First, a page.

The 21st century's best open-source license?

Larry Rosen's Open Software License may well be the perfect license for this century's software, given its provisions for Internet use.

I've been mentioning Larry Rosen's Open Software License (OSL) off and on over the last few weeks.

But today I decided to give OSL a deep dive in light of the failure of General Public License (GPL) version 3 to protect software developers from network distribution of their works and the success of the Common Public Attribution License (CPAL) in protecting these same developers by calling out network distribution.

The OSL works because, like the GPL, it's concerned with contributions, not credit (i.e., attribution). Ultimately, this is what a strong open-source license should provide. It's the best protection of freedom and, let's be frank, revenue.

The OSL is, in my opinion, one of the best licenses for the 21st century. Here's why.

Section 1 of the license gives You ("an individual or a legal entity exercising rights under, and complying with all of the terms of, this License"):

...a worldwide, royalty-free, non-exclusive, sublicensable license, for the duration of the copyright, to do the following:

  1. to reproduce the Original Work in copies, either alone or as part of a collective work;

  2. to translate, adapt, alter, transform, modify, or arrange the Original Work, thereby creating derivative works ("Derivative Works") based upon the Original Work;

  3. to distribute or communicate copies of the Original Work and Derivative Works to the public, with the proviso that copies of Original Work or Derivative Works that You distribute or communicate shall be licensed under this Open Software License;

  4. to perform the Original Work publicly; and

  5. to display the Original Work publicly.

In short, you have the right to distribute the Original Work over the Internet, but you have to contribute/license back all derivative works under the OSL. Brilliant. It is, in my opinion, better for commercial entities than the CPAL (which gets at the same result through its Section 15) because, like the GPL, it covers derivative works at a macro level, rather than the Mozilla Public License's (MPL) micro (read: file) level. It thus provides more protection from skirting the open-source license.

This is particularly true when you consider that CPAL makes no provisions for selective use of code within a larger work. It does as pertains to file-level protection (a la its MPL parentage), but the requirement of attribution would almost certainly not apply to use of a bite-size piece of a larger work. (In other words, I doubt that it would be defensible for SocialText to require attribution on someone who decides to borrow its page rendering code within its larger wiki software. Attribution makes sense when applied to modification of an entire work, but not so much when you get granular.)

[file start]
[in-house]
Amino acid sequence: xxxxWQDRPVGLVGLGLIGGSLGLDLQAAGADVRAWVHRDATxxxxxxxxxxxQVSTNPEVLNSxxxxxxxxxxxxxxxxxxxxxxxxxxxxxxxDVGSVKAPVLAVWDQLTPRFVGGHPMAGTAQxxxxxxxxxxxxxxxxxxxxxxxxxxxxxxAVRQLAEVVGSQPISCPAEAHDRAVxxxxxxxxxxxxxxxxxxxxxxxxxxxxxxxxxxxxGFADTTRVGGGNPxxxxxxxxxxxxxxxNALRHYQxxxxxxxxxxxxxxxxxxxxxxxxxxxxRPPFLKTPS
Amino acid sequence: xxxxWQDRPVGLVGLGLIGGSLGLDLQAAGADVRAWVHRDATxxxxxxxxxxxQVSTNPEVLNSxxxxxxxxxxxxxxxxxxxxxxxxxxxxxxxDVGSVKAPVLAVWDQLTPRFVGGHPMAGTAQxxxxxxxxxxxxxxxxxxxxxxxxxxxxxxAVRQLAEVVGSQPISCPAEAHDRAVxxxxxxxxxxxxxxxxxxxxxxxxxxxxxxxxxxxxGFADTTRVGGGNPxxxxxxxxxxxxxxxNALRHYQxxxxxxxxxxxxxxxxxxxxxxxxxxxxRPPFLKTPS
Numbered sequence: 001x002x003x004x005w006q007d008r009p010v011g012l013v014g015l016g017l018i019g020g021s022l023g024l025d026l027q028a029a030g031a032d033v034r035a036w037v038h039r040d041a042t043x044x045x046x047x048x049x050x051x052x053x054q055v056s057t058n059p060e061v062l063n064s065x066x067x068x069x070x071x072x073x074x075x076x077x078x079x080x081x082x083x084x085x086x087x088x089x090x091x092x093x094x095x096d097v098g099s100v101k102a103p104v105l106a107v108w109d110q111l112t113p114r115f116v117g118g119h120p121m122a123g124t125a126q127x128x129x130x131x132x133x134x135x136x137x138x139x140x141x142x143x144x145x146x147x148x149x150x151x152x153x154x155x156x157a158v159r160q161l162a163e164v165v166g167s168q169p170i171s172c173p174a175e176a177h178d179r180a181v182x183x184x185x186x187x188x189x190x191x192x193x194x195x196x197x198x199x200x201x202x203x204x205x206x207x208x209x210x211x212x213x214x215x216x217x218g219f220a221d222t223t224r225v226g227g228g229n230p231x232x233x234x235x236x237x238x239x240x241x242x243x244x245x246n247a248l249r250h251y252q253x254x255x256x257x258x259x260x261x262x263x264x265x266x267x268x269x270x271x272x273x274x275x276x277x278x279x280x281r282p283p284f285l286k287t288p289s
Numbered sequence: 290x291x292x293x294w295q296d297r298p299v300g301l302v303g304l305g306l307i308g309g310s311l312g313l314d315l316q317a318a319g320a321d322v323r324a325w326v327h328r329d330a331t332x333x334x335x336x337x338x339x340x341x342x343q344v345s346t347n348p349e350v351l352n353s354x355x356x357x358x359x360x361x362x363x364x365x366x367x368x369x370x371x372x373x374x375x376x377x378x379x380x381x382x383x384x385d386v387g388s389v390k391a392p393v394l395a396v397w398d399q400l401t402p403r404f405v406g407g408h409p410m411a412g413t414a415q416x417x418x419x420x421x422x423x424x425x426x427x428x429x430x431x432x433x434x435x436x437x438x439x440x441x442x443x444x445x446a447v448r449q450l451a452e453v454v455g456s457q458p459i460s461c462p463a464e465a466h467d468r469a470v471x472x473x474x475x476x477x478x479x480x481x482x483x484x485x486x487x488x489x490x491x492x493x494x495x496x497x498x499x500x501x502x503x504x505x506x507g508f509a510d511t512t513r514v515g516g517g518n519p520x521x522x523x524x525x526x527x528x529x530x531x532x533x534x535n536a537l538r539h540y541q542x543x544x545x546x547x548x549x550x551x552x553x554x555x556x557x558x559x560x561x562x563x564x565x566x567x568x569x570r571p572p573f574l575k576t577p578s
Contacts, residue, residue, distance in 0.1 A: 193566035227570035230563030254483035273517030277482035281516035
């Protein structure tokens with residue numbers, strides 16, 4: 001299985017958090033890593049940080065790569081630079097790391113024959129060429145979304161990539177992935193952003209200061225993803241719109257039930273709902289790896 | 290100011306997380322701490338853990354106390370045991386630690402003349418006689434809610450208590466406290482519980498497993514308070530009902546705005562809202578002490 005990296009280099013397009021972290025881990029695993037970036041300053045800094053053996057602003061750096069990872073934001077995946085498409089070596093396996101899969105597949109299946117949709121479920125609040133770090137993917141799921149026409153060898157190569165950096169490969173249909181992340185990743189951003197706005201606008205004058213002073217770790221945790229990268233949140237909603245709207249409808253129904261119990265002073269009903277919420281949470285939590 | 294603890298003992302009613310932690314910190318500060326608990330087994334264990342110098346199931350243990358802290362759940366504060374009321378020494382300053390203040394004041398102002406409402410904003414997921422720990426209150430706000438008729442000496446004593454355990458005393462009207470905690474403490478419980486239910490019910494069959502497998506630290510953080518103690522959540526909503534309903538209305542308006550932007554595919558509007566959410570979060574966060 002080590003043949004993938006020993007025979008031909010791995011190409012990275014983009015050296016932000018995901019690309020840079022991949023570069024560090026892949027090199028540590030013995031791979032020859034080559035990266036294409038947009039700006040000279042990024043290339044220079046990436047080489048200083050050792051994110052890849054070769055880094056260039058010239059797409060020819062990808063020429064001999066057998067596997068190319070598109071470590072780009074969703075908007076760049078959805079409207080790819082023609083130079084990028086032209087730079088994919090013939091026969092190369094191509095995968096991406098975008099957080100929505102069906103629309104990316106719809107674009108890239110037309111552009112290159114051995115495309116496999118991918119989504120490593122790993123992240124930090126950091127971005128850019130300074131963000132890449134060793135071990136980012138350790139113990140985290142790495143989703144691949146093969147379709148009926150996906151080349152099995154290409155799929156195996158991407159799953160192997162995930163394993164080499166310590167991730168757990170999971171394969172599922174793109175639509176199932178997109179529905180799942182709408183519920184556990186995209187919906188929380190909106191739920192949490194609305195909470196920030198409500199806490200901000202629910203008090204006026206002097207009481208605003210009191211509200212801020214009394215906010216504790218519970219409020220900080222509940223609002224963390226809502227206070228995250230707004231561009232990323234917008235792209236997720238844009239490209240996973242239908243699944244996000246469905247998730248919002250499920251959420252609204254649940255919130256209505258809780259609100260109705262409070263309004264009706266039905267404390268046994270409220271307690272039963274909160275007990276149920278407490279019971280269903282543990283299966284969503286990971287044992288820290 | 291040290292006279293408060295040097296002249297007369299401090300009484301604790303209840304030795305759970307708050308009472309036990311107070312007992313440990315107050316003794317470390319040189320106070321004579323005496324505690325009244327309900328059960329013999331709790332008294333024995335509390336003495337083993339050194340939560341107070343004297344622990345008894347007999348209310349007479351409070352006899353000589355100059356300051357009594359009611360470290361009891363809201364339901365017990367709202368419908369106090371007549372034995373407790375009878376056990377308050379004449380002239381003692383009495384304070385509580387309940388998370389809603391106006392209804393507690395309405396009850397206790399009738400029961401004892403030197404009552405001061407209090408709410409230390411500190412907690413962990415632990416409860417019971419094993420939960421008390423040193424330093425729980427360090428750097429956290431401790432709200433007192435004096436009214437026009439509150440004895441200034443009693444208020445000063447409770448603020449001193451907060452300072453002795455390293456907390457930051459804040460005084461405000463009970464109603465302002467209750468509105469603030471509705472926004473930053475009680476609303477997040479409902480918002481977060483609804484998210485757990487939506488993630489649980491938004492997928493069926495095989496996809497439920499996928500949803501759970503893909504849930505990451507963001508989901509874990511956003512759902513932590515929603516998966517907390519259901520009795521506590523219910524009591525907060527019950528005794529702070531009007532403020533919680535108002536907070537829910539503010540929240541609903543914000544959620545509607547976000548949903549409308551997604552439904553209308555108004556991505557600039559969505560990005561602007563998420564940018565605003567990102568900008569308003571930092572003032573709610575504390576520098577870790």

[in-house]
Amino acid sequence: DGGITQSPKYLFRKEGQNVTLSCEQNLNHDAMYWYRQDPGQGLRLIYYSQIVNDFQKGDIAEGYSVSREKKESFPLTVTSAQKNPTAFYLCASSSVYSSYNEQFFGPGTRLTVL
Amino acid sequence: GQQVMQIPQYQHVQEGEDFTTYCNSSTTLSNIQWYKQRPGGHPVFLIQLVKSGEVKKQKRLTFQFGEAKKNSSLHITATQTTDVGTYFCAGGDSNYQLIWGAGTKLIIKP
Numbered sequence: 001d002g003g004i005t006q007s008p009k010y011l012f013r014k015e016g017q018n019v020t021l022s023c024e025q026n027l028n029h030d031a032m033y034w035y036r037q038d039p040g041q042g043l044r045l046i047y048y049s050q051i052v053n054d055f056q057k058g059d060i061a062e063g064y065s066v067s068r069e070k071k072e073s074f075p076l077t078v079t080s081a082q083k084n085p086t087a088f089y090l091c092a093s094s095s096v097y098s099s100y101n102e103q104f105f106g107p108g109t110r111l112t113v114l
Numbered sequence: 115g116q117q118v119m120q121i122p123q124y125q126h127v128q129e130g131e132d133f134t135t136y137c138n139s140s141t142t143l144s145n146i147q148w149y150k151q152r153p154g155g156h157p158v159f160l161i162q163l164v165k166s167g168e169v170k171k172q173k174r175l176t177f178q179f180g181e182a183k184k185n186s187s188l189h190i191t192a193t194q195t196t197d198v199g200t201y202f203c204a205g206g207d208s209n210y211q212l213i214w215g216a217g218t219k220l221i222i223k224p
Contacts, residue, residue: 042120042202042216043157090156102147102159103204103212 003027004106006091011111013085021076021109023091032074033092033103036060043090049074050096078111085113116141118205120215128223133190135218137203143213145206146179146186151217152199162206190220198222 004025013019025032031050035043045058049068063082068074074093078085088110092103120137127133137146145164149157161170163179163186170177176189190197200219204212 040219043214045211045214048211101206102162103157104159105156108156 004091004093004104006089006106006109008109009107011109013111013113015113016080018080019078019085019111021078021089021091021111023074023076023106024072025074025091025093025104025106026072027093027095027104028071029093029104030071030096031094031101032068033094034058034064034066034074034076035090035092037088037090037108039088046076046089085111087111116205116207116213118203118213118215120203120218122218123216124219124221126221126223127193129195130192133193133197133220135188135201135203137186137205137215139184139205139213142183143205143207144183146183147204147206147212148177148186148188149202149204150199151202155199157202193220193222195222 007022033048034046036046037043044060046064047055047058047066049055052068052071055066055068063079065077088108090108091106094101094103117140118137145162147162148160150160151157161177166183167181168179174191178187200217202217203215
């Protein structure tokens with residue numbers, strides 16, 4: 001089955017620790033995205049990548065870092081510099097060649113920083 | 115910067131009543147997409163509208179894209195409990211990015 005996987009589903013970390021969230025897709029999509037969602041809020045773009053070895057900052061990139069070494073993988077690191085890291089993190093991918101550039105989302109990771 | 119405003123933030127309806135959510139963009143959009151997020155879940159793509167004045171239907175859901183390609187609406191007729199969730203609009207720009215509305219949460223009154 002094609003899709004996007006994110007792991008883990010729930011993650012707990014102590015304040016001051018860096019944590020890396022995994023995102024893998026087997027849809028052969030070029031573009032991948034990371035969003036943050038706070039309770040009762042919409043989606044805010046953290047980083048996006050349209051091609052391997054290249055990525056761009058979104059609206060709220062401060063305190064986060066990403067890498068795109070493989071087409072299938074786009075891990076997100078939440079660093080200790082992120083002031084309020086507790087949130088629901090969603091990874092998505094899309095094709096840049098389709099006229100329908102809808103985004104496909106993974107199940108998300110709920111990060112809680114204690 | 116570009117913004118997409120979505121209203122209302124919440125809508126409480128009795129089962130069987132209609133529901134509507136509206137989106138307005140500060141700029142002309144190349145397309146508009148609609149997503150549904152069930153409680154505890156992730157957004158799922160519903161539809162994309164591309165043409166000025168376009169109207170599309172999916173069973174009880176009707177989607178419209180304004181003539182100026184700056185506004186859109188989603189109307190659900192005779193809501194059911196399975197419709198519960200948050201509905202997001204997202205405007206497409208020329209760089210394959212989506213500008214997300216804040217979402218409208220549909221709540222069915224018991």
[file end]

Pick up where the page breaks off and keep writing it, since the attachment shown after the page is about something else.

Back to the OSL. I like its grant of patent license (and termination of all rights to the code if you launch a patent action against the licensor), restrictions on use of trademarks, and various other things. I especially like its clear definition of "external deployment:"

The term "External Deployment" means the use, distribution, or communication of the Original Work or Derivative Works in any way such that the Original Work or Derivative Works may be used by anyone other than You, whether those works are distributed or communicated to those persons or made available as an application intended for use over a network. As an express condition for the grants of license hereunder, You must treat any External Deployment by You of the Original Work or a Derivative Work as a distribution under section 1(c).

A thing of beauty. This license is short, readily comprehensible, and fits the times. It is effectively the GPL written for potential network use--exactly what I had been hoping GPLv3 would accomplish. The OSL merits strong consideration by anyone thinking about how to ensure the freedom of their code for everyone except would-be competitors (meaning, such competitors are free to use it, but have to play fair with open-source rules, which likely means they'll pass).

Community capitalism at its finest.

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About the author

    Matt Asay is chief operating officer at Canonical, the company behind the Ubuntu Linux operating system. Prior to Canonical, Matt was general manager of the Americas division and vice president of business development at Alfresco, an open-source applications company. Matt brings a decade of in-the-trenches open-source business and legal experience to The Open Road, with an emphasis on emerging open-source business strategies and opportunities. He is a member of the CNET Blog Network and is not an employee of CNET. You can follow Matt on Twitter @mjasay.

     

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